This concert exploded into life with Weber’s overture from Euryanthe. Guest conductor Walter Weller displayed economy of movement but set the orchestra off at a cracking pace, creating an upbeat mood that was sustained throughout the evening. Although the opera is rarely heard in its entirety, the overture encapsulates the hero’s two great themes, with the drama of martial music from woodwind and brass giving way to the lyrical eloquence of legato strings. Combining the two themes in a fugal development was as fascinating to watch in the hands of the CBSO as it was to hear, with the various elements expertly balanced and controlled as they were passed around. An exuberant final flourish conveyed a feeling of triumph, which set the audience up nicely for the treat in store.

Yossif Ivanov © Eric Larrayadieu
Yossif Ivanov
© Eric Larrayadieu

Recently heard at the Last Night of the Proms, Bruch’s Violin Concerto must surely be a favourite of many, with its passion, expression and energy. It was written when the composer was only in his twenties, with several revisions before he was satisfied with it, and it’s even more remarkable since his own instrument was the piano rather than the violin. The concerto’s success, he claimed, was that “the violin can sing a melody better than the piano can, and melody is the heart of music”. The young Belgian-born Yossif Ivanov has been dubbed by Diapason as “one of the top violinists of tomorrow”, and I suspect nobody in tonight’s audience would argue with that. Definitely one to watch. His 1699 “Lady Tennant” Stradivarius seemed to be an extension of his body, so at one was he with the music. Indeed, during the passages where the orchestra took over and his violin fell silent, so absorbed did he remain that he either stood with head bowed or staring right up into the ceiling. As such, I wondered whether the connection with the audience was a little lost. But if whistles, cheers and three curtain-calls are anything to go by, this didn’t seem to be a problem for most!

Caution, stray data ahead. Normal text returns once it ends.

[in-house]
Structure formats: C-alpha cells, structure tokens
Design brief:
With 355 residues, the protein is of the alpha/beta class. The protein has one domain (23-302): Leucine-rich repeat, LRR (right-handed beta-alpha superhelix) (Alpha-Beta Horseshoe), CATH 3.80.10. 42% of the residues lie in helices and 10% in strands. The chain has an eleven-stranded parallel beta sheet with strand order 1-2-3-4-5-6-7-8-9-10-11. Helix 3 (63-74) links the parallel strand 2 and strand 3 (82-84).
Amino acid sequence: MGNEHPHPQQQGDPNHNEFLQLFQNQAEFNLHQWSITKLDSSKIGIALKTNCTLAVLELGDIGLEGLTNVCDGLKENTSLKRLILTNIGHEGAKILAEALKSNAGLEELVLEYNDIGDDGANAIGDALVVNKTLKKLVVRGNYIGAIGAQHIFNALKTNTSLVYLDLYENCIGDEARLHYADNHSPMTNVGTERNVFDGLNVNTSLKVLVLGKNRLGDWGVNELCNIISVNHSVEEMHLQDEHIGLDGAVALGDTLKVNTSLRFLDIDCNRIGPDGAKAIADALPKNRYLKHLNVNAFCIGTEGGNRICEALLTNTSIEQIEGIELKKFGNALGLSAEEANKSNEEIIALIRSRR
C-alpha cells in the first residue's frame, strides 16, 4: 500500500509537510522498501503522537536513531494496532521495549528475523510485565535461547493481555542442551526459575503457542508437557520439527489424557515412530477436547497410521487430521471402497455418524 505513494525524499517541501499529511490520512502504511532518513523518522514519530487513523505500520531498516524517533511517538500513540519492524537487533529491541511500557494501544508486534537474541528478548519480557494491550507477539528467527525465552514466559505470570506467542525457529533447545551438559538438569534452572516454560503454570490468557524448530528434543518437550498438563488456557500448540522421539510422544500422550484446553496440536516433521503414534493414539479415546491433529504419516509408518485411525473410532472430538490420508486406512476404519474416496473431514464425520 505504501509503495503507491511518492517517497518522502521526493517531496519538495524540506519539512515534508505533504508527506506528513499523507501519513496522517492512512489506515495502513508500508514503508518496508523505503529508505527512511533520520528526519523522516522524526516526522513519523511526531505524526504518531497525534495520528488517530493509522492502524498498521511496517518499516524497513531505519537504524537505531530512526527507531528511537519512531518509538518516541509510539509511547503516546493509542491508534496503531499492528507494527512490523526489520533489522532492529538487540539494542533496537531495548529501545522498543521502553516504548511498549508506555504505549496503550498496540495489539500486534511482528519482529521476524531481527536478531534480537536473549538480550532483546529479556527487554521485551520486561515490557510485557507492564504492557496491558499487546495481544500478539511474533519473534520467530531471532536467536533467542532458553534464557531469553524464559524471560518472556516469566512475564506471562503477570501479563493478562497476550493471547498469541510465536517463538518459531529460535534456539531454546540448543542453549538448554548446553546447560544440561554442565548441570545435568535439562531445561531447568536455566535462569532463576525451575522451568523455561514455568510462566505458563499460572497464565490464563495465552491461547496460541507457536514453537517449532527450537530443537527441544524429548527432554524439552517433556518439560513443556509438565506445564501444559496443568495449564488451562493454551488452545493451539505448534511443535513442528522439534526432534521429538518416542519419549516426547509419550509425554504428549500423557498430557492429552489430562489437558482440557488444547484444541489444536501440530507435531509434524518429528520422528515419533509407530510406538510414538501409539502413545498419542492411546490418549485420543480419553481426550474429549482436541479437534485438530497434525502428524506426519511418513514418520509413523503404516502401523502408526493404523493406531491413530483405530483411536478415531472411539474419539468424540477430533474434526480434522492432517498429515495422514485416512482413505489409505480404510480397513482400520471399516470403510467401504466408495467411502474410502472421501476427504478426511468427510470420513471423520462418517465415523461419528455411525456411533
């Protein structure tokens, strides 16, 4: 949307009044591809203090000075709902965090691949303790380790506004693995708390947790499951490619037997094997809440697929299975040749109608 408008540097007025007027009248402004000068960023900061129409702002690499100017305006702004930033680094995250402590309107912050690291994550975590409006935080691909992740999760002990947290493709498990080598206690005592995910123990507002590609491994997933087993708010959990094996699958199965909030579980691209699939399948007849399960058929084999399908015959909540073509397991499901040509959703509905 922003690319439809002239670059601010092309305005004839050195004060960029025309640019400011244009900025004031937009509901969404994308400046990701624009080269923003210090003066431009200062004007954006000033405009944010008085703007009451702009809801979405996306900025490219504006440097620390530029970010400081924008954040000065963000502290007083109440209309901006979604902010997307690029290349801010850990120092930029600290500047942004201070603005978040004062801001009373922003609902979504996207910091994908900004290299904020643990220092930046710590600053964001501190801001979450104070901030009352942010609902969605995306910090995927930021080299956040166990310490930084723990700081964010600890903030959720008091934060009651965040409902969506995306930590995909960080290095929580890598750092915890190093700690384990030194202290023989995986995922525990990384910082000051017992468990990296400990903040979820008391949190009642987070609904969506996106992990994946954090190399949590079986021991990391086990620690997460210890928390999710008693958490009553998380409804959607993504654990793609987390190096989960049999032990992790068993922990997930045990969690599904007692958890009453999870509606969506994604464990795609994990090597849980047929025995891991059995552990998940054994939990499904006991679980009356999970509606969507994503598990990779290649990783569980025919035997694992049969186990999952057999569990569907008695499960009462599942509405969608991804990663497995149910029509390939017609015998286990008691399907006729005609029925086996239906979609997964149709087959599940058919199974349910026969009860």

Prefaced by softly rumbling timpani and gentle woodwind, the violin enters with a spellbinding long note on the open G string. This opening Allegro moderato movement evokes an atmosphere of improvisation, and it was captivating to witness Ivanov’s variations in tempo after a tantalisingly slow introduction. While the solo violin made a thorough exploration of anything and everything to do with G minor, the orchestra quietly supported in the background, then they were given their moment in the spotlight and responded with joyful vigour. The precision of the brass was electrifying as they heralded the reintroduction of the soloist for the Adagio. Once again, I was smitten by Ivanov’s control of the long notes, which materialised apparently from nowhere and threatened to go way beyond what the length of a bow would legitimately allow. Then came the wonderfully contrasting Finale, with the dancing Hungarian sprung rhythms and double-stopped chords, during which one couldn’t help but smile. For me, this movement had the edge, as it was at this point that soloist and conductor displayed the closest rapport, stepping up the intensity of this stunning music.

By this stage the occasion was having an infectious effect upon my neighbours, at a guess Conservatoire students, who were compelled surreptitiously to mime the violin fingering during Tchaikovsky’s Symphony no. 5. And I imagine many people will have left the Hall humming the memorable “Fate” theme, developed in various directions through the symphony, with masterful use of minimal material, having been moved by the journey from darkness to light. The initial phrases setting up this theme, a martial leitmotif followed by descending scales, seemed somewhat tentative, but with gathering pace and a fuller sound the orchestra relaxed into the piece, drawing out delightful textures. The second movement – Andante cantabile – began with a glorious passage of chords in the low strings, followed by a poignantly romantic horn solo, justifiably resulting in special applause for the horn player. The woodwind and brass were also particularly fine, taking us through a range of scenarios from mellow to menacing and back. The Finale is full of drama and surprises: drum rolls adding to a sense of mounting urgency, juxtaposed against an arresting slow coda. This thought-provoking and entertaining performance went down very well indeed with the Symphony Hall crowd.